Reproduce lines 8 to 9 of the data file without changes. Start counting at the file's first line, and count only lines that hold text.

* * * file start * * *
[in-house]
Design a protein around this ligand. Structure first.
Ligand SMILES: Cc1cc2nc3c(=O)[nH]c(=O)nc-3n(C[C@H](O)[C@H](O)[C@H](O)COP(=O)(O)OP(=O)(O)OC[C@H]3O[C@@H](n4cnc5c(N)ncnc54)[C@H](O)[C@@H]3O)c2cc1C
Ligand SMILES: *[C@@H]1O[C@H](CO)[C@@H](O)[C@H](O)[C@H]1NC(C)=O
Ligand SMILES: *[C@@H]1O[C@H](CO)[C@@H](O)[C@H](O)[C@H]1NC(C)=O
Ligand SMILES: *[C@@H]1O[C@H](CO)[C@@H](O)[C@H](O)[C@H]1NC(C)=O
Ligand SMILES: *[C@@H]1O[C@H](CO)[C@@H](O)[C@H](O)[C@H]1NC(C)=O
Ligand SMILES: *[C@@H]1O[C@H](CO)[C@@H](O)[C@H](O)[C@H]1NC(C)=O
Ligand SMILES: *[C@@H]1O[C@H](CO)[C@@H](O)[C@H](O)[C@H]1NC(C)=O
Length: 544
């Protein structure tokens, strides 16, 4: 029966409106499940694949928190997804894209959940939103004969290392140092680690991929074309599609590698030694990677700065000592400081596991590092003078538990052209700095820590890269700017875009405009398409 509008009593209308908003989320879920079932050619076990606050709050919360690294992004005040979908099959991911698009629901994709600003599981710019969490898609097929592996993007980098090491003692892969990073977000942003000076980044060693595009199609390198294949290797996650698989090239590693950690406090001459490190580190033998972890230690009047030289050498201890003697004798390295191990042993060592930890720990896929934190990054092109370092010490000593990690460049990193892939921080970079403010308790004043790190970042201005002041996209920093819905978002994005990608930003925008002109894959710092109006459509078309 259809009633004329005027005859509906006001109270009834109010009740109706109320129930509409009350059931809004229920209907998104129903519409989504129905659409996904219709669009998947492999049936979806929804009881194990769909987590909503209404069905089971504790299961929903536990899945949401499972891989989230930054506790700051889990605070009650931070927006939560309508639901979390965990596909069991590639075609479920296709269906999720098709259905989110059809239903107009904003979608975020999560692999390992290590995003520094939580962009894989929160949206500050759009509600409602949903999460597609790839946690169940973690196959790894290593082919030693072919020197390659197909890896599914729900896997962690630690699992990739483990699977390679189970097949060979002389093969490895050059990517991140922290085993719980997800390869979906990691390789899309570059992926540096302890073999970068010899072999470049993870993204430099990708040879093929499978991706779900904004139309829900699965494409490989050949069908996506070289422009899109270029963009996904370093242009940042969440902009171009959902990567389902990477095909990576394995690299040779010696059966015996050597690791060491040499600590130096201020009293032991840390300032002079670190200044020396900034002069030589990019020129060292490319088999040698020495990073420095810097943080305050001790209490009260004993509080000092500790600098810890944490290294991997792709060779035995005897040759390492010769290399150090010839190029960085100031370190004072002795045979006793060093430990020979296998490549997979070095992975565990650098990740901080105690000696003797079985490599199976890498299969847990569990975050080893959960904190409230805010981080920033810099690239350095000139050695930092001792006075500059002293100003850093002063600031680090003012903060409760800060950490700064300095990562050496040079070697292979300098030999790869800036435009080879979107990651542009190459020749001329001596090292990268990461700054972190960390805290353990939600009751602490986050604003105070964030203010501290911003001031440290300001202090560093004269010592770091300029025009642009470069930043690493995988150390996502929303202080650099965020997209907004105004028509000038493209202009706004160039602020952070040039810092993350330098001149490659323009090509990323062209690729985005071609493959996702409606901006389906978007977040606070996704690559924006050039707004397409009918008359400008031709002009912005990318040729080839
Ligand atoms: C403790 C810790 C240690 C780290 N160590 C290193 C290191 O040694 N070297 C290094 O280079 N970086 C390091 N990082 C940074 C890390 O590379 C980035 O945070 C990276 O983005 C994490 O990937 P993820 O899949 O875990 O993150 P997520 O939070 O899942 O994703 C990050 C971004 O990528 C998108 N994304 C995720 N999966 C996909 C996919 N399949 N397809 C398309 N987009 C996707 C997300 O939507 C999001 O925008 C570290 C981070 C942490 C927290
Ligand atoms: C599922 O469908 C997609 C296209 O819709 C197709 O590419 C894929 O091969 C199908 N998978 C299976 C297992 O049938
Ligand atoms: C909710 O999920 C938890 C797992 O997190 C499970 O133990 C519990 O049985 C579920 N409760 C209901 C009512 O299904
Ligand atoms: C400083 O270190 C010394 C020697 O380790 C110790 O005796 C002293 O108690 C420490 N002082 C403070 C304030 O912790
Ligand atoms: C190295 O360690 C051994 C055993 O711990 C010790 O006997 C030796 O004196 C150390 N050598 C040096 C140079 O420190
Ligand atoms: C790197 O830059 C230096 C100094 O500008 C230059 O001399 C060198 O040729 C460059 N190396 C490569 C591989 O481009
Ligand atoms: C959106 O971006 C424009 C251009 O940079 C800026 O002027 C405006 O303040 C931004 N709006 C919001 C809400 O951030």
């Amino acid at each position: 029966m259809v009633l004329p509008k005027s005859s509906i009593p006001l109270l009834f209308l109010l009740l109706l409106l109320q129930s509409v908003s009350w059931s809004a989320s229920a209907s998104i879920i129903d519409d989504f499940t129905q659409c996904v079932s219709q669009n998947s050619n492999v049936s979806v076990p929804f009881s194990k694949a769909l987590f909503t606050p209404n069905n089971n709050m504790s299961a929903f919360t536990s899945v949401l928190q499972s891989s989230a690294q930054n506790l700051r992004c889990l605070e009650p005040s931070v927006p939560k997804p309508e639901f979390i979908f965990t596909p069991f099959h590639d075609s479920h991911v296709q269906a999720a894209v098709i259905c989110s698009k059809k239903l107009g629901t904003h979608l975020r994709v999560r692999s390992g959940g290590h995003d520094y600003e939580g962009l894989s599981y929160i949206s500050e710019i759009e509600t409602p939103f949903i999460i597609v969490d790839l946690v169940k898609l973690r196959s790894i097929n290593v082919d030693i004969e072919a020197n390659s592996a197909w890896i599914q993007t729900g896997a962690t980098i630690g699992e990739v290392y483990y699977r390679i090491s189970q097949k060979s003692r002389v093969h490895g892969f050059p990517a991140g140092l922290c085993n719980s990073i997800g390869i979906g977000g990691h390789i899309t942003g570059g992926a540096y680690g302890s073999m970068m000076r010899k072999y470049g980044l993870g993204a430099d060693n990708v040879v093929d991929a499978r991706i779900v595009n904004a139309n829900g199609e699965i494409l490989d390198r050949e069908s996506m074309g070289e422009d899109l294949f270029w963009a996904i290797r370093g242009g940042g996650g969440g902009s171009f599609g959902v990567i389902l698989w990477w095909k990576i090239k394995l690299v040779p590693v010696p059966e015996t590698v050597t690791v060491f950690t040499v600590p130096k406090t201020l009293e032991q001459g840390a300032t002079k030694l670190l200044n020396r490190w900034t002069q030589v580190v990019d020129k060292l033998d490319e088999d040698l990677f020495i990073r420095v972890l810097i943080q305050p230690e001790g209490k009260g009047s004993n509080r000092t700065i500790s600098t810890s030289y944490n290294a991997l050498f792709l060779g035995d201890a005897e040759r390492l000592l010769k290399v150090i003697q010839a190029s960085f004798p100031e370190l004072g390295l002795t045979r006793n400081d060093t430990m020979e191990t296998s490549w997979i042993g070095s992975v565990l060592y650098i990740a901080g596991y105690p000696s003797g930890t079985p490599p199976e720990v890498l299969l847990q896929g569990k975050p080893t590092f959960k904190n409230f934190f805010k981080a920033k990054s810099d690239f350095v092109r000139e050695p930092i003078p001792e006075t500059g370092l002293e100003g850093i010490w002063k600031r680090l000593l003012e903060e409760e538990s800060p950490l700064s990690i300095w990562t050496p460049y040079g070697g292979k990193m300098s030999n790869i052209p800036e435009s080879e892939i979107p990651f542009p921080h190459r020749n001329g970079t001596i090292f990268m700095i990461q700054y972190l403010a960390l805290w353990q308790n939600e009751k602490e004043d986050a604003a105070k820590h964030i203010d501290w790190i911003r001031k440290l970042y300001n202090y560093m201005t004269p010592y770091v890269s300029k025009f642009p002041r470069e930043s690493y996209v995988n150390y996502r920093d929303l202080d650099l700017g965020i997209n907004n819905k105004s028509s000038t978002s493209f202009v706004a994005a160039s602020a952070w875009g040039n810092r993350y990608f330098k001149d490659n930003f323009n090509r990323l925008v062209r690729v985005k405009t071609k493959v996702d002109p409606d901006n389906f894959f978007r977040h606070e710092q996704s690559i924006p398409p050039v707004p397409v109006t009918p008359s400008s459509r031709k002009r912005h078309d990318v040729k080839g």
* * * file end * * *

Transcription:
Ligand SMILES: *[C@@H]1O[C@H](CO)[C@@H](O)[C@H](O)[C@H]1NC(C)=O
Ligand SMILES: *[C@@H]1O[C@H](CO)[C@@H](O)[C@H](O)[C@H]1NC(C)=O